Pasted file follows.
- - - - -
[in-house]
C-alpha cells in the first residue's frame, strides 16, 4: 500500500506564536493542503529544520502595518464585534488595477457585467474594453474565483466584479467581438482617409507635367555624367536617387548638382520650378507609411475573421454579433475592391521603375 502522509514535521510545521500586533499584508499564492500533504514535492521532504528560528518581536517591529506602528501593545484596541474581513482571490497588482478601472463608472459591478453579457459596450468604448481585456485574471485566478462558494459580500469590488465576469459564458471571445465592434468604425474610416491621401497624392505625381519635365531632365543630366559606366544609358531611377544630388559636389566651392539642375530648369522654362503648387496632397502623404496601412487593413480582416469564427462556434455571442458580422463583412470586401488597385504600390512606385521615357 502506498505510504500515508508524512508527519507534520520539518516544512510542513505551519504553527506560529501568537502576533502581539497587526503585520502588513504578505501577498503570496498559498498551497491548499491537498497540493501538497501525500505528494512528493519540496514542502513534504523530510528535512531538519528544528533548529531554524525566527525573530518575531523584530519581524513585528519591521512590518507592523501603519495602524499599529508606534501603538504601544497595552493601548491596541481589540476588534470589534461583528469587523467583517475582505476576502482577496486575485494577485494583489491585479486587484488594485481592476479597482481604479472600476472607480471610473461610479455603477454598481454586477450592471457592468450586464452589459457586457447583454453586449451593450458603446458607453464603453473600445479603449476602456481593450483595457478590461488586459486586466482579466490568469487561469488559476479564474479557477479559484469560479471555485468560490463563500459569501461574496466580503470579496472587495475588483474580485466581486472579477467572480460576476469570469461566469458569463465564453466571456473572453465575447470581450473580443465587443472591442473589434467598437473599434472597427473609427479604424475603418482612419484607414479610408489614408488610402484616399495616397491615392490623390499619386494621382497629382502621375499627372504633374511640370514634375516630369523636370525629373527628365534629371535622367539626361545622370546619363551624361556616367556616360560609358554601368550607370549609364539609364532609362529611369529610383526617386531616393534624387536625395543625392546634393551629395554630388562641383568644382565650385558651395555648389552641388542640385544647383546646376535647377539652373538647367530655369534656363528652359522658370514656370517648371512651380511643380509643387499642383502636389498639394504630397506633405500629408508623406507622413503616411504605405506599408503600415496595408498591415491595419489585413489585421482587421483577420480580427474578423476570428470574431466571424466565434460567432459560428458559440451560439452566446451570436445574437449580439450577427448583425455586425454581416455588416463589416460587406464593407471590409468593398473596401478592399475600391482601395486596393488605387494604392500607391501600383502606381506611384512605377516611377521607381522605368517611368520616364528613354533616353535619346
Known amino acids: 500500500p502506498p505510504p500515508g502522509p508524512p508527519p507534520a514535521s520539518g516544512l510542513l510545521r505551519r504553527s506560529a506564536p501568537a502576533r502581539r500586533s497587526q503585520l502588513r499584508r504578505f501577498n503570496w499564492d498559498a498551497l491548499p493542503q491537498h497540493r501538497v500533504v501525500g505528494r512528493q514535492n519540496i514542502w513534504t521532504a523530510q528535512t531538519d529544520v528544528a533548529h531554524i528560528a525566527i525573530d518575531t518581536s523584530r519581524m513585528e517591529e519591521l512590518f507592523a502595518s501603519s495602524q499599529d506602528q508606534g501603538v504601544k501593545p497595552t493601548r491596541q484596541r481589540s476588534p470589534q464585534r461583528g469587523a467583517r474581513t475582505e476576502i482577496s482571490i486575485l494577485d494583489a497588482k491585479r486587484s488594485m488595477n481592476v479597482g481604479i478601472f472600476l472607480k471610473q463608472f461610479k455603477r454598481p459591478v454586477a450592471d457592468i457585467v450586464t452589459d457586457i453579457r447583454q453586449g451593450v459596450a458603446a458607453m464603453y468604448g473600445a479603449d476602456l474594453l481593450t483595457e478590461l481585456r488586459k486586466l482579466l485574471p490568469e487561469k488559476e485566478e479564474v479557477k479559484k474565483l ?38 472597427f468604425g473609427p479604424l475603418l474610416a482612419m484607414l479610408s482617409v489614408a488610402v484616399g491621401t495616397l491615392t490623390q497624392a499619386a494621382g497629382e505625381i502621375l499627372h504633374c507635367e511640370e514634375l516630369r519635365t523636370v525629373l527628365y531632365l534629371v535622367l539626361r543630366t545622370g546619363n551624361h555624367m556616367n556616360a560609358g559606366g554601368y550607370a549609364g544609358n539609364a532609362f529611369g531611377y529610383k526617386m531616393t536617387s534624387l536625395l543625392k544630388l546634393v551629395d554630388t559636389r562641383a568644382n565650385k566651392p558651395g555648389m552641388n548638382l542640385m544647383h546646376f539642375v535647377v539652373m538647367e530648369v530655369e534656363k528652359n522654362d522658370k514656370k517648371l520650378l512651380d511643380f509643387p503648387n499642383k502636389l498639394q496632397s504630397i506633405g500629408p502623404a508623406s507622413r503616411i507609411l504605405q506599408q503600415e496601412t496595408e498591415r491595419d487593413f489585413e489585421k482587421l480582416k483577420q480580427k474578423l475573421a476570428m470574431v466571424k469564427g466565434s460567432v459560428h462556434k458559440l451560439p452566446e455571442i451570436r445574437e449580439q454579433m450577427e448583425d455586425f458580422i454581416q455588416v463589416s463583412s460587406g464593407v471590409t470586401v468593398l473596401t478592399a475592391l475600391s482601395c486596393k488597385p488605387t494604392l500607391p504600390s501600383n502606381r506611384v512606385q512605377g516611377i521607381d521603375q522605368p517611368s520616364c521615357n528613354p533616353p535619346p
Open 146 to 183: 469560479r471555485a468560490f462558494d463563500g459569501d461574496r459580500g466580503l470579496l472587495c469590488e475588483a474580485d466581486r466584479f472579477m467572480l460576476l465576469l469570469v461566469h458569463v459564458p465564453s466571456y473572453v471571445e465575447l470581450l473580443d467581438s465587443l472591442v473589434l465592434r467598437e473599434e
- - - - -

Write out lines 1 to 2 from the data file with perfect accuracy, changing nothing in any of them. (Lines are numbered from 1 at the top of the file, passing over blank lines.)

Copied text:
[in-house]
C-alpha cells in the first residue's frame, strides 16, 4: 500500500506564536493542503529544520502595518464585534488595477457585467474594453474565483466584479467581438482617409507635367555624367536617387548638382520650378507609411475573421454579433475592391521603375 502522509514535521510545521500586533499584508499564492500533504514535492521532504528560528518581536517591529506602528501593545484596541474581513482571490497588482478601472463608472459591478453579457459596450468604448481585456485574471485566478462558494459580500469590488465576469459564458471571445465592434468604425474610416491621401497624392505625381519635365531632365543630366559606366544609358531611377544630388559636389566651392539642375530648369522654362503648387496632397502623404496601412487593413480582416469564427462556434455571442458580422463583412470586401488597385504600390512606385521615357 502506498505510504500515508508524512508527519507534520520539518516544512510542513505551519504553527506560529501568537502576533502581539497587526503585520502588513504578505501577498503570496498559498498551497491548499491537498497540493501538497501525500505528494512528493519540496514542502513534504523530510528535512531538519528544528533548529531554524525566527525573530518575531523584530519581524513585528519591521512590518507592523501603519495602524499599529508606534501603538504601544497595552493601548491596541481589540476588534470589534461583528469587523467583517475582505476576502482577496486575485494577485494583489491585479486587484488594485481592476479597482481604479472600476472607480471610473461610479455603477454598481454586477450592471457592468450586464452589459457586457447583454453586449451593450458603446458607453464603453473600445479603449476602456481593450483595457478590461488586459486586466482579466490568469487561469488559476479564474479557477479559484469560479471555485468560490463563500459569501461574496466580503470579496472587495475588483474580485466581486472579477467572480460576476469570469461566469458569463465564453466571456473572453465575447470581450473580443465587443472591442473589434467598437473599434472597427473609427479604424475603418482612419484607414479610408489614408488610402484616399495616397491615392490623390499619386494621382497629382502621375499627372504633374511640370514634375516630369523636370525629373527628365534629371535622367539626361545622370546619363551624361556616367556616360560609358554601368550607370549609364539609364532609362529611369529610383526617386531616393534624387536625395543625392546634393551629395554630388562641383568644382565650385558651395555648389552641388542640385544647383546646376535647377539652373538647367530655369534656363528652359522658370514656370517648371512651380511643380509643387499642383502636389498639394504630397506633405500629408508623406507622413503616411504605405506599408503600415496595408498591415491595419489585413489585421482587421483577420480580427474578423476570428470574431466571424466565434460567432459560428458559440451560439452566446451570436445574437449580439450577427448583425455586425454581416455588416463589416460587406464593407471590409468593398473596401478592399475600391482601395486596393488605387494604392500607391501600383502606381506611384512605377516611377521607381522605368517611368520616364528613354533616353535619346